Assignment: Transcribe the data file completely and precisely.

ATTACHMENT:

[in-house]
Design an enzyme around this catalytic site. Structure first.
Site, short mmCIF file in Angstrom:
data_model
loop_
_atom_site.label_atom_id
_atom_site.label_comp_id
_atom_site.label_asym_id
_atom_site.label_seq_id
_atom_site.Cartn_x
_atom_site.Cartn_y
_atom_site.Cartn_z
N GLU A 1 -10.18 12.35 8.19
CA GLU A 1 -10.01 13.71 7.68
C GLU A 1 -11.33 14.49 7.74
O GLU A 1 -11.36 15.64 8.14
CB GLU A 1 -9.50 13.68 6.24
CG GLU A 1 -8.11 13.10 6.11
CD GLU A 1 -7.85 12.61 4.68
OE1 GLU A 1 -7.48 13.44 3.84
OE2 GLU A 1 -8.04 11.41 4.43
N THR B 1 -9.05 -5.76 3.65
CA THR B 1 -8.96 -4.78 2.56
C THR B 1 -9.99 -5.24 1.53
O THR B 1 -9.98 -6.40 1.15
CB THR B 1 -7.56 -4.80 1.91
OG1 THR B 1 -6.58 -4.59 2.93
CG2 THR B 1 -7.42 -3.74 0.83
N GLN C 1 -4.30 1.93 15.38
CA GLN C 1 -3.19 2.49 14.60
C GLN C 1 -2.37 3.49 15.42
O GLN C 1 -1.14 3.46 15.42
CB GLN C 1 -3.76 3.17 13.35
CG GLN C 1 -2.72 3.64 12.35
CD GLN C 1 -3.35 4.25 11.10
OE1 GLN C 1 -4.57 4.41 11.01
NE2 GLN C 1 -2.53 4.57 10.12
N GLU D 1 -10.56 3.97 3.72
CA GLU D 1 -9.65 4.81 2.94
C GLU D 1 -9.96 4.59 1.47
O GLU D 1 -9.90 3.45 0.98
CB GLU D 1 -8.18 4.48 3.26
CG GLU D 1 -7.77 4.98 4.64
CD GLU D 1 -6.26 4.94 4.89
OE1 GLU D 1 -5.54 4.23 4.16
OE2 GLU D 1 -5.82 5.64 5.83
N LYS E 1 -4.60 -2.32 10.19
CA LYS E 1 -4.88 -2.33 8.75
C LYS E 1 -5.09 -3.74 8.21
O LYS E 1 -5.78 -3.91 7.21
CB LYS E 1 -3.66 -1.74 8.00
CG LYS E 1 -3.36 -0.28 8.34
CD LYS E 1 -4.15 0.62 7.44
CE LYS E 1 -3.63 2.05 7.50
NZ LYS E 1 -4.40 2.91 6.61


[in-house]
Design an enzyme around this catalytic site. Structure first.
Site, short mmCIF file in Angstrom:
data_model
loop_
_atom_site.label_atom_id
_atom_site.label_comp_id
_atom_site.label_asym_id
_atom_site.label_seq_id
_atom_site.Cartn_x
_atom_site.Cartn_y
_atom_site.Cartn_z
N GLU A 1 -10.18 12.35 8.19
CA GLU A 1 -10.01 13.71 7.68
C GLU A 1 -11.33 14.49 7.74
O GLU A 1 -11.36 15.64 8.14
CB GLU A 1 -9.50 13.68 6.24
CG GLU A 1 -8.11 13.10 6.11
CD GLU A 1 -7.85 12.61 4.68
OE1 GLU A 1 -7.48 13.44 3.84
OE2 GLU A 1 -8.04 11.41 4.43
N THR B 1 -9.05 -5.76 3.65
CA THR B 1 -8.96 -4.78 2.56
C THR B 1 -9.99 -5.24 1.53
O THR B 1 -9.98 -6.40 1.15
CB THR B 1 -7.56 -4.80 1.91
OG1 THR B 1 -6.58 -4.59 2.93
CG2 THR B 1 -7.42 -3.74 0.83
N GLN C 1 -4.30 1.93 15.38
CA GLN C 1 -3.19 2.49 14.60
C GLN C 1 -2.37 3.49 15.42
O GLN C 1 -1.14 3.46 15.42
CB GLN C 1 -3.76 3.17 13.35
CG GLN C 1 -2.72 3.64 12.35
CD GLN C 1 -3.35 4.25 11.10
OE1 GLN C 1 -4.57 4.41 11.01
NE2 GLN C 1 -2.53 4.57 10.12
N GLU D 1 -10.56 3.97 3.72
CA GLU D 1 -9.65 4.81 2.94
C GLU D 1 -9.96 4.59 1.47
O GLU D 1 -9.90 3.45 0.98
CB GLU D 1 -8.18 4.48 3.26
CG GLU D 1 -7.77 4.98 4.64
CD GLU D 1 -6.26 4.94 4.89
OE1 GLU D 1 -5.54 4.23 4.16
OE2 GLU D 1 -5.82 5.64 5.83
N LYS E 1 -4.60 -2.32 10.19
CA LYS E 1 -4.88 -2.33 8.75
C LYS E 1 -5.09 -3.74 8.21
O LYS E 1 -5.78 -3.91 7.21
CB LYS E 1 -3.66 -1.74 8.00
CG LYS E 1 -3.36 -0.28 8.34
CD LYS E 1 -4.15 0.62 7.44
CE LYS E 1 -3.63 2.05 7.50
NZ LYS E 1 -4.40 2.91 6.61